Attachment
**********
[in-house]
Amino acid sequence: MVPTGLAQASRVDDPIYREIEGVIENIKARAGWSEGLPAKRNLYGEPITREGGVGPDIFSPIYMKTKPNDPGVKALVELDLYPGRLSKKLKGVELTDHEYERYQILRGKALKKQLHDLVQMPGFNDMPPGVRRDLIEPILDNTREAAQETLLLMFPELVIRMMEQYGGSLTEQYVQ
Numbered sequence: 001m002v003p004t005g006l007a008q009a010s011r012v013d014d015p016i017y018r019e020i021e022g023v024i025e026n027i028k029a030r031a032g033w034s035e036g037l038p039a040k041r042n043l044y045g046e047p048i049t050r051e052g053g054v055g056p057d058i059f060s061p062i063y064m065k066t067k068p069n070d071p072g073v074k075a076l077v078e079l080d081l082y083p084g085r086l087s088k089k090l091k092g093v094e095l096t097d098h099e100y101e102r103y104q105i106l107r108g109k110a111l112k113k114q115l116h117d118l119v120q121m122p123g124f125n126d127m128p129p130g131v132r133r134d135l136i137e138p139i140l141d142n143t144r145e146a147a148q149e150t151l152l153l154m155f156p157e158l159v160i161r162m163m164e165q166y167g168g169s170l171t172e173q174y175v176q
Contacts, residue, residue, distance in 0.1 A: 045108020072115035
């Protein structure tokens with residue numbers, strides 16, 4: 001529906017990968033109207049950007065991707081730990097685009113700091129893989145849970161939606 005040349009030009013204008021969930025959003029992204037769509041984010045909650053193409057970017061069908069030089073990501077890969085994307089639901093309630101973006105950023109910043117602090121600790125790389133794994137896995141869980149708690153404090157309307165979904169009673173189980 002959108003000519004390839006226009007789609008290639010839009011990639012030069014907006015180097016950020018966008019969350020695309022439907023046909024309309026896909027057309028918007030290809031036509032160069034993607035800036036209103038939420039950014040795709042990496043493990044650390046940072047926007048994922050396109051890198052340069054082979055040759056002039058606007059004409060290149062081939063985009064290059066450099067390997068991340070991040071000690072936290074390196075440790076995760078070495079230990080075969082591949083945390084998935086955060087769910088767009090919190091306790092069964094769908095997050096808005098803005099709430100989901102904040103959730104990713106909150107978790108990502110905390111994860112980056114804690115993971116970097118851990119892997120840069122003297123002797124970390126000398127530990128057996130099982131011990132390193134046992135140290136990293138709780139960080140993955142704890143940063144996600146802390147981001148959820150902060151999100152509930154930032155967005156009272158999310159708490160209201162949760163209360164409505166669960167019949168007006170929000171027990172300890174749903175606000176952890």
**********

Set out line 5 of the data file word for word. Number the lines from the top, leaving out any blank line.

């Protein structure tokens with residue numbers, strides 16, 4: 001529906017990968033109207049950007065991707081730990097685009113700091129893989145849970161939606 005040349009030009013204008021969930025959003029992204037769509041984010045909650053193409057970017061069908069030089073990501077890969085994307089639901093309630101973006105950023109910043117602090121600790125790389133794994137896995141869980149708690153404090157309307165979904169009673173189980 002959108003000519004390839006226009007789609008290639010839009011990639012030069014907006015180097016950020018966008019969350020695309022439907023046909024309309026896909027057309028918007030290809031036509032160069034993607035800036036209103038939420039950014040795709042990496043493990044650390046940072047926007048994922050396109051890198052340069054082979055040759056002039058606007059004409060290149062081939063985009064290059066450099067390997068991340070991040071000690072936290074390196075440790076995760078070495079230990080075969082591949083945390084998935086955060087769910088767009090919190091306790092069964094769908095997050096808005098803005099709430100989901102904040103959730104990713106909150107978790108990502110905390111994860112980056114804690115993971116970097118851990119892997120840069122003297123002797124970390126000398127530990128057996130099982131011990132390193134046992135140290136990293138709780139960080140993955142704890143940063144996600146802390147981001148959820150902060151999100152509930154930032155967005156009272158999310159708490160209201162949760163209360164409505166669960167019949168007006170929000171027990172300890174749903175606000176952890």